If you're planning on firing up the grill today for your annual Fourth of July barbecue, be extra careful about eating food off the grill after you've cleaned it with a wire grill-cleaning brush.
The Centers for Disease Control and Prevention issued a new report on six specific injuries that resulted from consuming wire brush bristles that became lodged into barbecued food. For some people, consuming the bristles led to soft tissue puncturing in the neck; another person had to undergo surgery after the bristle perforated the GI tract.
The six people were between ages 31 and 64, with five of them being men, the CDC reported. The cases were reported between March 14, 2011, and June 3, 2012.
Doctors were able to use scans to see the bristles in the body. In three of the cases, pain while swallowing was the main symptom; for the other three cases, pain in the abdomen was the primary symptom. Fortunately, all six people in the CDC report recovered.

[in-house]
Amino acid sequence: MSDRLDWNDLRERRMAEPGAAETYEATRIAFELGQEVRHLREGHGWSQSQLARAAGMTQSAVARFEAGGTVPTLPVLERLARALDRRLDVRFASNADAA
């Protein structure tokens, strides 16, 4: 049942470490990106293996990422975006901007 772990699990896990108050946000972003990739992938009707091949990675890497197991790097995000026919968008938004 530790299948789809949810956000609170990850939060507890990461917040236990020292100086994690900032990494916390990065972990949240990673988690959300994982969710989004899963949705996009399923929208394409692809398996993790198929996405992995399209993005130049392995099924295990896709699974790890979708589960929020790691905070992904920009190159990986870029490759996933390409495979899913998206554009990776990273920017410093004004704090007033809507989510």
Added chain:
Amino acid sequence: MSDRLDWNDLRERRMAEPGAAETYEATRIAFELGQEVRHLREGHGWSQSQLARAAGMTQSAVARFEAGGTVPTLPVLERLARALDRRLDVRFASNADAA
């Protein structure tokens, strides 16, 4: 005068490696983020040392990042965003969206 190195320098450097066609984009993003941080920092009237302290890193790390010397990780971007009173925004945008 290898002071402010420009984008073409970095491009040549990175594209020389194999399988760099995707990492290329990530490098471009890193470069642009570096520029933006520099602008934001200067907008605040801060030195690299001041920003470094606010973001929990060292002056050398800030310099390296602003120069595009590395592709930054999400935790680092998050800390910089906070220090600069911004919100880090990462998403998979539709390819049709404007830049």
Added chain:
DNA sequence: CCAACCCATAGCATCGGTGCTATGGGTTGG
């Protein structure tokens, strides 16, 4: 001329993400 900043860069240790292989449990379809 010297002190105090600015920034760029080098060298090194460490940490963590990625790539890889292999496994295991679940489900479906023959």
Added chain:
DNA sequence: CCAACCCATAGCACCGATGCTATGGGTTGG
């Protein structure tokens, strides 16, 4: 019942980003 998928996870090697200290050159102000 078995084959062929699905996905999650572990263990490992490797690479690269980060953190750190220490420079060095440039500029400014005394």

News at JAMA reported that it's not yet known what kinds of brushes are more likely to leave behind stray bristles, nor what kinds of meat are more likely to pick them up. But in the meantime, it's important for people to be careful and extra-diligent about making sure no stray bristles are left on the grill after a cleaning.
Eighty thousand people visited an emergency department in 2010 because they consumed a foreign object, according to the CDC, with most cases occurring in children. These ingestions of foreign objects are usually only extremely serious in less than 1 percent of emergency department admittances.